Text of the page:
What is CA?

Conversation analysis was pioneered by Harvey Sacks in the early 1970s, and his work was continued by Emanuel Schegloff and Gail Jefferson. In his pioneering work, Sacks noted that there is an underlying organisation in the way interaction unfolds on a turn-by-turn basis. It was the turn-taking nature of conversation that was of primary interest.

Conversation analysis gives attention to detail in naturally occurring activities and analyses mundane and institutional talk as a systematic and organised phenomenon. Thus, conversation analysis is the study of talk-in-interaction. Conversation analysis, in recent times, has developed an interest in institutional talk and has a lot to offer in terms of how we understand institutions.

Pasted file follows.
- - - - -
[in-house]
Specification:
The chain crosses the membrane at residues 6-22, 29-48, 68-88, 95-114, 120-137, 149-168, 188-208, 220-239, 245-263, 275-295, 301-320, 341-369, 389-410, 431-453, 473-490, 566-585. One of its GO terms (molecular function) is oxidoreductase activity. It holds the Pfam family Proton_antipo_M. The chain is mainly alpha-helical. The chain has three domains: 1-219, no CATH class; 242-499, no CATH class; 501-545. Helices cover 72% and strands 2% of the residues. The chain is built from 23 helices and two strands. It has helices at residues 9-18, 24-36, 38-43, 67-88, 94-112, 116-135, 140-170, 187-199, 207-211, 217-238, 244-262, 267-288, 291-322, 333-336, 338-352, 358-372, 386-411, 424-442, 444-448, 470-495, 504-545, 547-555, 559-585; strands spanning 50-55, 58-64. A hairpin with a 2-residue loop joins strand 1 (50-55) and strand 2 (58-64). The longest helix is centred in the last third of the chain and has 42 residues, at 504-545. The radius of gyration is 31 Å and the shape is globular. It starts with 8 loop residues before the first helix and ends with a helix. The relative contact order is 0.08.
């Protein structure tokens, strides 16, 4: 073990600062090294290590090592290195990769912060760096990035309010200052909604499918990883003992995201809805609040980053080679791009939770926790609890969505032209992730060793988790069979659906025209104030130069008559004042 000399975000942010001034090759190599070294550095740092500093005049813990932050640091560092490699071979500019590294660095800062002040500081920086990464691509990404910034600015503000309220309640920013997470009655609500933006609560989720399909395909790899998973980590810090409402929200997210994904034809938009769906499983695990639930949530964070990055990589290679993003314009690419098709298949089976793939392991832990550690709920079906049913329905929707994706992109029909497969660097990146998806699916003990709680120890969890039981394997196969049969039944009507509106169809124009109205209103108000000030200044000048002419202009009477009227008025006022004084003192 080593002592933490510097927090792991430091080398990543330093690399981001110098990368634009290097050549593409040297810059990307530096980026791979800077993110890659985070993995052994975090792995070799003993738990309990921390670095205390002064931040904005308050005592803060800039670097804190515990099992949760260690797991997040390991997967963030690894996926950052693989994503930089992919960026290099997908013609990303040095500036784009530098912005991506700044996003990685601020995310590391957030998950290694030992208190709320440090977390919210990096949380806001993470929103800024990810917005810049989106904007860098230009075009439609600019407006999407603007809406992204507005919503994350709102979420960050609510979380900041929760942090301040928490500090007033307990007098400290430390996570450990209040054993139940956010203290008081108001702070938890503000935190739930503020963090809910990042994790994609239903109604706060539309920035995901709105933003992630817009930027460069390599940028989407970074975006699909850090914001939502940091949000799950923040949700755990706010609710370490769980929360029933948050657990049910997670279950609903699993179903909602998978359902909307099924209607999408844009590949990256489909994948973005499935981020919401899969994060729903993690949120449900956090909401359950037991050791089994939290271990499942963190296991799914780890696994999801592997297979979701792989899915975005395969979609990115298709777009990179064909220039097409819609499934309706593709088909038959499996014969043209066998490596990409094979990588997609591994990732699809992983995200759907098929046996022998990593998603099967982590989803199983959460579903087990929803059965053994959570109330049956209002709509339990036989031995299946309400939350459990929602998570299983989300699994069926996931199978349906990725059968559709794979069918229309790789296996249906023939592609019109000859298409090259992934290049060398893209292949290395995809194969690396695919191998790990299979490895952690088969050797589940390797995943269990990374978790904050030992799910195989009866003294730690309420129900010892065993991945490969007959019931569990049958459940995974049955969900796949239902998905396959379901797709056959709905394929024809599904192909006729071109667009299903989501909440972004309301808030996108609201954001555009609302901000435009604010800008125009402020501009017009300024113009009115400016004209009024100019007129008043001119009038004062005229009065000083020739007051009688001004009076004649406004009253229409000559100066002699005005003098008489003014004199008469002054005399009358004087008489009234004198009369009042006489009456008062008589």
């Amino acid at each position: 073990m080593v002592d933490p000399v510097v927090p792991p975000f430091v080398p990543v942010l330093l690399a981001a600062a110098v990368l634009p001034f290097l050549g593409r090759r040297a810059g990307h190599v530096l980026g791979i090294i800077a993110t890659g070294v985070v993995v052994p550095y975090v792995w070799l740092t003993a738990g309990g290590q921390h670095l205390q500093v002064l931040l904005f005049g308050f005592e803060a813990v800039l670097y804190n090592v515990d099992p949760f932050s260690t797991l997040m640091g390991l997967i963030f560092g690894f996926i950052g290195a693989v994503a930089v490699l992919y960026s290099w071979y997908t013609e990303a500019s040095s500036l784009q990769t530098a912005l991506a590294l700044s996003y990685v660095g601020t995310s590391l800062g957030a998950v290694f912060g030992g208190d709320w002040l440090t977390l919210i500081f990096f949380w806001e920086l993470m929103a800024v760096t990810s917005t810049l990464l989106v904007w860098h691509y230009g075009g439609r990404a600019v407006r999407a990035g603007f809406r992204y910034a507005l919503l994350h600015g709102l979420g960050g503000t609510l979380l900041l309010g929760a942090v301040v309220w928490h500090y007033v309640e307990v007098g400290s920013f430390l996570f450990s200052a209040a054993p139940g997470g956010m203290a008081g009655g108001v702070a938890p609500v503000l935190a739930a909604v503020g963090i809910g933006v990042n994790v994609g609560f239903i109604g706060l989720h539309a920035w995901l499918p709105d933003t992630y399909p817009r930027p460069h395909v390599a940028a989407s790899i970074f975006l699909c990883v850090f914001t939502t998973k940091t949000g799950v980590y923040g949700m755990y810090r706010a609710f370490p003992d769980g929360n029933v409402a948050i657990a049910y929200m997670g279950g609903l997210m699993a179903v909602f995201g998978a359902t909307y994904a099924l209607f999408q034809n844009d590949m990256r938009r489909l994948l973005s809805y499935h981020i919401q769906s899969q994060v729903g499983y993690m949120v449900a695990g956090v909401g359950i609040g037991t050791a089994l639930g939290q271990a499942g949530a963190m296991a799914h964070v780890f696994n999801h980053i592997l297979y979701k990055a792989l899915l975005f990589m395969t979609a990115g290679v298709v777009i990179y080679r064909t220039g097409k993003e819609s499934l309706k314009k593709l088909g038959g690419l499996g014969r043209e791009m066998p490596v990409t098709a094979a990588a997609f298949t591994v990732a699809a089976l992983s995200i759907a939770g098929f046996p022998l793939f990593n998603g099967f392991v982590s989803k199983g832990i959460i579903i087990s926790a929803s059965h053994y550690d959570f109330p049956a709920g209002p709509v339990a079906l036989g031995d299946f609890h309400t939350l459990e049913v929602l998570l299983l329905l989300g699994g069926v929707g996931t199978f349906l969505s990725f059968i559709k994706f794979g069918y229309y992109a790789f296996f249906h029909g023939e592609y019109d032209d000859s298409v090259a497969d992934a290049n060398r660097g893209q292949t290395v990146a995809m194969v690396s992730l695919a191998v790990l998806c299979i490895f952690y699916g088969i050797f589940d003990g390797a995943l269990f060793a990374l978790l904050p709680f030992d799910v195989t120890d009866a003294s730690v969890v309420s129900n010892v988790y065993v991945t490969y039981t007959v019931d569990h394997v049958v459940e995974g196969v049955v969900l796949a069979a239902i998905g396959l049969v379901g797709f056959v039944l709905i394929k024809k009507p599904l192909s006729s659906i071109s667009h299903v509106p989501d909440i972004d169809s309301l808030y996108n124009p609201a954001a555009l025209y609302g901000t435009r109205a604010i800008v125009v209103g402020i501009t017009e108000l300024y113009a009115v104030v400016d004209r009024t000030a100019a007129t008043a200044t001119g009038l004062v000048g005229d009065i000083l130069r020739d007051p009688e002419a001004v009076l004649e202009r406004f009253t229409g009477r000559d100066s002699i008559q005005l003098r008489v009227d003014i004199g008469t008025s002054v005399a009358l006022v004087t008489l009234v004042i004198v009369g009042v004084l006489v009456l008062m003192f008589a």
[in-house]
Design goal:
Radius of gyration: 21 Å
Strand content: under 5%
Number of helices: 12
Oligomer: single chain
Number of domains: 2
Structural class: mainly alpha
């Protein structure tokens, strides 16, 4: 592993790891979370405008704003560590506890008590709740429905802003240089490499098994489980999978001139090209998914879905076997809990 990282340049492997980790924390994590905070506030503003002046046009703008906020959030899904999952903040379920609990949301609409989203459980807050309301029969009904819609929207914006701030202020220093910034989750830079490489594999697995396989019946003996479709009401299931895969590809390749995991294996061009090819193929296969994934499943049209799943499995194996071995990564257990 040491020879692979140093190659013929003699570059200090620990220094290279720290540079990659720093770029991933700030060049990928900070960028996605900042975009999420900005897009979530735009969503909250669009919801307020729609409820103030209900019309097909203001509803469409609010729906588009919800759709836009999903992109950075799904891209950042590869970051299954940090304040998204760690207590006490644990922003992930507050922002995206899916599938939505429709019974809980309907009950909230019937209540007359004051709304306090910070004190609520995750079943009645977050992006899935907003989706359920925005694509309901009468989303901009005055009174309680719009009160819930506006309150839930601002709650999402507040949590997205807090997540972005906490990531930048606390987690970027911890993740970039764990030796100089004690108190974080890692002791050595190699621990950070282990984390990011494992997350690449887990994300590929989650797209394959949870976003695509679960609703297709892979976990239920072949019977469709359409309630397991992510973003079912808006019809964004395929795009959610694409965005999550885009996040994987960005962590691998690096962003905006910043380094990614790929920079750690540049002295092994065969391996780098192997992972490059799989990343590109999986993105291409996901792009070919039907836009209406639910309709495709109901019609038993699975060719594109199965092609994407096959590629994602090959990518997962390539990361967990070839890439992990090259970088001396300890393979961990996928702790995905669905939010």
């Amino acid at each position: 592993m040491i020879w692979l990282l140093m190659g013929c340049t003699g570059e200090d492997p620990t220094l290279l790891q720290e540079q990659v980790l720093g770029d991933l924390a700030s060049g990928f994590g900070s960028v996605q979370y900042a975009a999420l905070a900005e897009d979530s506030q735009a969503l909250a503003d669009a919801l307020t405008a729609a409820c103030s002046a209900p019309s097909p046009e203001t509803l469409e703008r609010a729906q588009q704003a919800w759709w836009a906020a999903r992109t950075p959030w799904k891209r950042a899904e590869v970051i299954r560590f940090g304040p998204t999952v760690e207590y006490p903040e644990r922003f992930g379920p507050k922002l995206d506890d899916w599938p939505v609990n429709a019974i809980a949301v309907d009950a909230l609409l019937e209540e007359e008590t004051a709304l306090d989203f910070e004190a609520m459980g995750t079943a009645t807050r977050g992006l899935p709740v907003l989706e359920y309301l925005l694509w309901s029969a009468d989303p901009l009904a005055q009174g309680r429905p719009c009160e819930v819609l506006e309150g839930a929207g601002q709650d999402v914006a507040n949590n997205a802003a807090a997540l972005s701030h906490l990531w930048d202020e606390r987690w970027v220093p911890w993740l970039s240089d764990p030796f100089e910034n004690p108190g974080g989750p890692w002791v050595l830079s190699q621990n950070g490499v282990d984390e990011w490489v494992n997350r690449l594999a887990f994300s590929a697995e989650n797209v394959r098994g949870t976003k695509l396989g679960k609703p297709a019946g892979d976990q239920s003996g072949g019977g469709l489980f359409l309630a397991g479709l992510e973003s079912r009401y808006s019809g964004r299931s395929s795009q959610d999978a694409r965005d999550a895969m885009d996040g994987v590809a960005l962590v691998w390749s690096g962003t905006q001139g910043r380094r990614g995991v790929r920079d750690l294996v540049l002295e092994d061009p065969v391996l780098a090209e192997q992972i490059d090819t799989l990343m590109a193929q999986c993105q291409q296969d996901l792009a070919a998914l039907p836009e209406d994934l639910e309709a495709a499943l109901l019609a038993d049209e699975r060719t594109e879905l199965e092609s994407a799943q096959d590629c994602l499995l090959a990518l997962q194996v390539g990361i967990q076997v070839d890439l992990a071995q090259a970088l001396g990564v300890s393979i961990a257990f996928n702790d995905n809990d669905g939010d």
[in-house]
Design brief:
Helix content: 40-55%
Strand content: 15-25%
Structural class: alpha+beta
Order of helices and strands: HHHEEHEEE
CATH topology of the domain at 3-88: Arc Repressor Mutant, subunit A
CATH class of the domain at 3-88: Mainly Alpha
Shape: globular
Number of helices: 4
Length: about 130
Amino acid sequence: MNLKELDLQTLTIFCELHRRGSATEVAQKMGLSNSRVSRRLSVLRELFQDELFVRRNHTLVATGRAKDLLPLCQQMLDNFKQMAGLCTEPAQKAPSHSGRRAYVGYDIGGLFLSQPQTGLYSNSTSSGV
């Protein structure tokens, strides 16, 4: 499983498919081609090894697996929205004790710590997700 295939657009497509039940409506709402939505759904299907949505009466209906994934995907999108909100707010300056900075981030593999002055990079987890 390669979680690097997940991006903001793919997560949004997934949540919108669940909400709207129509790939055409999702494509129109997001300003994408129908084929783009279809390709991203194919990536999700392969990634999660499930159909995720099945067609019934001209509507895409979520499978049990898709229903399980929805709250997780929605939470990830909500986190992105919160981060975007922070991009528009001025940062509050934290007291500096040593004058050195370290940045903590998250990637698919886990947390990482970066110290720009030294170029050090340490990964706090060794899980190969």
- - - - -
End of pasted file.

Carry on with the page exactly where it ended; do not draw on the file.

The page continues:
Our answer to this question is based on materials found in the book by Robin Wooffitt. You may find this to be a useful reference:

  • Wooffitt, R. (2005). Conversation Analysis and Discourse Analysis: A Comparative and Critical Introduction. London: SAGE Publications.

Other useful references for conversation analysis include:

  • Antaki, C. (2011). Applied Conversation Analysis: Intervention and Change in Institutional Talk. Hampshire: Palgrave MacMillan.
  • Hutchby, I. and Wooffitt, R. (2008). Conversation Analysis (Second Edition). Oxford: Blackwell  Publishers.
  • Sacks, H. (1992). Lectures on Conversation (Vols. I & II, edited by G. Jefferson). Oxford: Basil Blackwell.

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